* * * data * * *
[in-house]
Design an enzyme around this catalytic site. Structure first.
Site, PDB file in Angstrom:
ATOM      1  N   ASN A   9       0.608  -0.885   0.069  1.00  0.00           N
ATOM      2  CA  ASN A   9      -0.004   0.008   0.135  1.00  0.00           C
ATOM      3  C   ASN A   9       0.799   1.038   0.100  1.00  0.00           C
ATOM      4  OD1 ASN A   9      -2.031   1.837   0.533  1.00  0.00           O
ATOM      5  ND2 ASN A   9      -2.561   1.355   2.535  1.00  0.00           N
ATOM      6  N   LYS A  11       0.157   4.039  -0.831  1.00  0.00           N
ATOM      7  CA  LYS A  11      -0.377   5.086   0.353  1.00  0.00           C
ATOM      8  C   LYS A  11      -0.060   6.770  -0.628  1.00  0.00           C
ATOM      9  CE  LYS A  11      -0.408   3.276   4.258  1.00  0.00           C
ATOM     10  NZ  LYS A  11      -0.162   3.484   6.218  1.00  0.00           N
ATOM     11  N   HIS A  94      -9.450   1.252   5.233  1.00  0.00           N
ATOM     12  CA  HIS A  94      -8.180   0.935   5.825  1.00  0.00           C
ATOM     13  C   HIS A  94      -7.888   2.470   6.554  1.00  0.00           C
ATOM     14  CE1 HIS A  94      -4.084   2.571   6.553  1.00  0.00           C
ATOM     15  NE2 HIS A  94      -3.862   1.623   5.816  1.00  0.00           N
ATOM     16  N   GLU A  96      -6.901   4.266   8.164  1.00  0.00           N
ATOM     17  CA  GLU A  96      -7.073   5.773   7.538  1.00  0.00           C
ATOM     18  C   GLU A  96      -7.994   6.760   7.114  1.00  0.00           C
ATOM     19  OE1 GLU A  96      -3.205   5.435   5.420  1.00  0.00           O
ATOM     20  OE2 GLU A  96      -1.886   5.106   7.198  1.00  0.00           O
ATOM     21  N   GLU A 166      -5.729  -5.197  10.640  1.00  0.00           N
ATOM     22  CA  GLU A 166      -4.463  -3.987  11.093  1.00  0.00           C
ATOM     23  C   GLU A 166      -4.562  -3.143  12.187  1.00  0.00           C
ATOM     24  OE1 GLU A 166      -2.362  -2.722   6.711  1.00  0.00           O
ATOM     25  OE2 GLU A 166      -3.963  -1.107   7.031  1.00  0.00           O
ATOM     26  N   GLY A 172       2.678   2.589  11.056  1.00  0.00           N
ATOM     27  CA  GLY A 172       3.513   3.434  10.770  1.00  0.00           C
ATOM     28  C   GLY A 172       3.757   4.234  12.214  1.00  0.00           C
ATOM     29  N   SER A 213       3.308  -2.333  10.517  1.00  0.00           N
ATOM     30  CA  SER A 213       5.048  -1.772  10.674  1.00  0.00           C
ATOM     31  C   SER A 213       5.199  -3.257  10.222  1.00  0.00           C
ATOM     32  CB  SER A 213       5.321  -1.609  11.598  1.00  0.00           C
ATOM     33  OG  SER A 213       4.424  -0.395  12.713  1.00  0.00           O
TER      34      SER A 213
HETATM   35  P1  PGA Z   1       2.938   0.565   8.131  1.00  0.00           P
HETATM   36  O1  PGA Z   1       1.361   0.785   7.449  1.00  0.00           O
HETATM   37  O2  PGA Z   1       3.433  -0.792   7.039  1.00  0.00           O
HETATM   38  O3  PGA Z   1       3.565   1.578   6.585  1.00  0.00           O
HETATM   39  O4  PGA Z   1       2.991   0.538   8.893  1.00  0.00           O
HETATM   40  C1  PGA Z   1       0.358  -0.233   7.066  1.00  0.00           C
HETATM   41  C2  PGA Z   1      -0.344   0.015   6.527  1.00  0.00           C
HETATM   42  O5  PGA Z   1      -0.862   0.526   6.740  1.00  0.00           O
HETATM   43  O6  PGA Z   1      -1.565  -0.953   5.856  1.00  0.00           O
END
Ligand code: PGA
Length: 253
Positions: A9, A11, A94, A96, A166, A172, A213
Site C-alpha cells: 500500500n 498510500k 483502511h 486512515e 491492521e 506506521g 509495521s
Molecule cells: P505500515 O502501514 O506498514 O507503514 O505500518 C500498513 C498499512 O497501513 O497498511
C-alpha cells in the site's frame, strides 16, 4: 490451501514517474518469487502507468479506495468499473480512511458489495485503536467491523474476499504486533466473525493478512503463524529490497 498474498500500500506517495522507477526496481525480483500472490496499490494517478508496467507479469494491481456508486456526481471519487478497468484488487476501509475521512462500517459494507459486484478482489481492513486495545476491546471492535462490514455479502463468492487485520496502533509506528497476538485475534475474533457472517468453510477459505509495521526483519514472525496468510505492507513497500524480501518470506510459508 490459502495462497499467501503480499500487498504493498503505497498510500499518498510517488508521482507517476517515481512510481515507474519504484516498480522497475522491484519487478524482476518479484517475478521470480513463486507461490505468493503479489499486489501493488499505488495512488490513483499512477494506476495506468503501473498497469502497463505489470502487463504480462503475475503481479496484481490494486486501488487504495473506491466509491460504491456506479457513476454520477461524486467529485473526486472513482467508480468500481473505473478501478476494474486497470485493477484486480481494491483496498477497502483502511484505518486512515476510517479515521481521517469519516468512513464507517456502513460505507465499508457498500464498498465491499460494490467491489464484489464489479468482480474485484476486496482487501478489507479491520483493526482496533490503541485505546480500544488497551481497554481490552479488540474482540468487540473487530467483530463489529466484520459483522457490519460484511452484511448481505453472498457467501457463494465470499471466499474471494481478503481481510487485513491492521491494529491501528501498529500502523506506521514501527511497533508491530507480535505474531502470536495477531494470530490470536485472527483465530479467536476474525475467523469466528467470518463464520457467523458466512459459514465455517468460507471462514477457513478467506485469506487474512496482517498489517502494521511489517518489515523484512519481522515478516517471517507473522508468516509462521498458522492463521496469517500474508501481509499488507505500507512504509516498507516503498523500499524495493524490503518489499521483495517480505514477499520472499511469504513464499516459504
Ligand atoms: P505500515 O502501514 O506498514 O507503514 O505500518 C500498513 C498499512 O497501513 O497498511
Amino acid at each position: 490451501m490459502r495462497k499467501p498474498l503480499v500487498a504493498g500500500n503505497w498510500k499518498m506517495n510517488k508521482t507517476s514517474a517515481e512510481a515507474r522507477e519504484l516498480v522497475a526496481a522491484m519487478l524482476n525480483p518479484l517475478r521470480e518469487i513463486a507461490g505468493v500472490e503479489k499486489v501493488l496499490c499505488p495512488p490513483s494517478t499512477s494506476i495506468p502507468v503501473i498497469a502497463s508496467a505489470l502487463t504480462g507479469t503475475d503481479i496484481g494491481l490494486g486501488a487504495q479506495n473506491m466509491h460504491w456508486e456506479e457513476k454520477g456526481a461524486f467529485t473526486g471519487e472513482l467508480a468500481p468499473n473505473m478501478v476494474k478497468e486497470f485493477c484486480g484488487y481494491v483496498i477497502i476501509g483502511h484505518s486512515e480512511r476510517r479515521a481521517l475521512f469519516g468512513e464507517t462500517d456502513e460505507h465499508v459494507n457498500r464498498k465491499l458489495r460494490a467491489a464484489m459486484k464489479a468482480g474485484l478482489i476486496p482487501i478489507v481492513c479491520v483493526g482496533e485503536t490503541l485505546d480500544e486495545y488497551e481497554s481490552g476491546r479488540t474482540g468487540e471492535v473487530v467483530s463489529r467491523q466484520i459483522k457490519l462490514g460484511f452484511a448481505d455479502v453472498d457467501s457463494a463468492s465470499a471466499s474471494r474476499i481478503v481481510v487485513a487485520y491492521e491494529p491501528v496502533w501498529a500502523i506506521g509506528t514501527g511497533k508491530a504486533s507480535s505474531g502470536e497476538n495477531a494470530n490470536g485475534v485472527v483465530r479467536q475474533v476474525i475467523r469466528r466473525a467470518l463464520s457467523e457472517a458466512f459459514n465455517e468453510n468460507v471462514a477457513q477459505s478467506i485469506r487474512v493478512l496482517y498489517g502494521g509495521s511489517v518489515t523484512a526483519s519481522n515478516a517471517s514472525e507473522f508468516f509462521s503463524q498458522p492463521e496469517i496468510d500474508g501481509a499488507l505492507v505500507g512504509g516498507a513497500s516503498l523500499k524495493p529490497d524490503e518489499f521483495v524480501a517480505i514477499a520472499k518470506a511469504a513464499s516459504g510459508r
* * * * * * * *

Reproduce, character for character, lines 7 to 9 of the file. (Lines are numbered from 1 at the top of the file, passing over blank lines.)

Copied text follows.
ATOM      4  OD1 ASN A   9      -2.031   1.837   0.533  1.00  0.00           O
ATOM      5  ND2 ASN A   9      -2.561   1.355   2.535  1.00  0.00           N
ATOM      6  N   LYS A  11       0.157   4.039  -0.831  1.00  0.00           N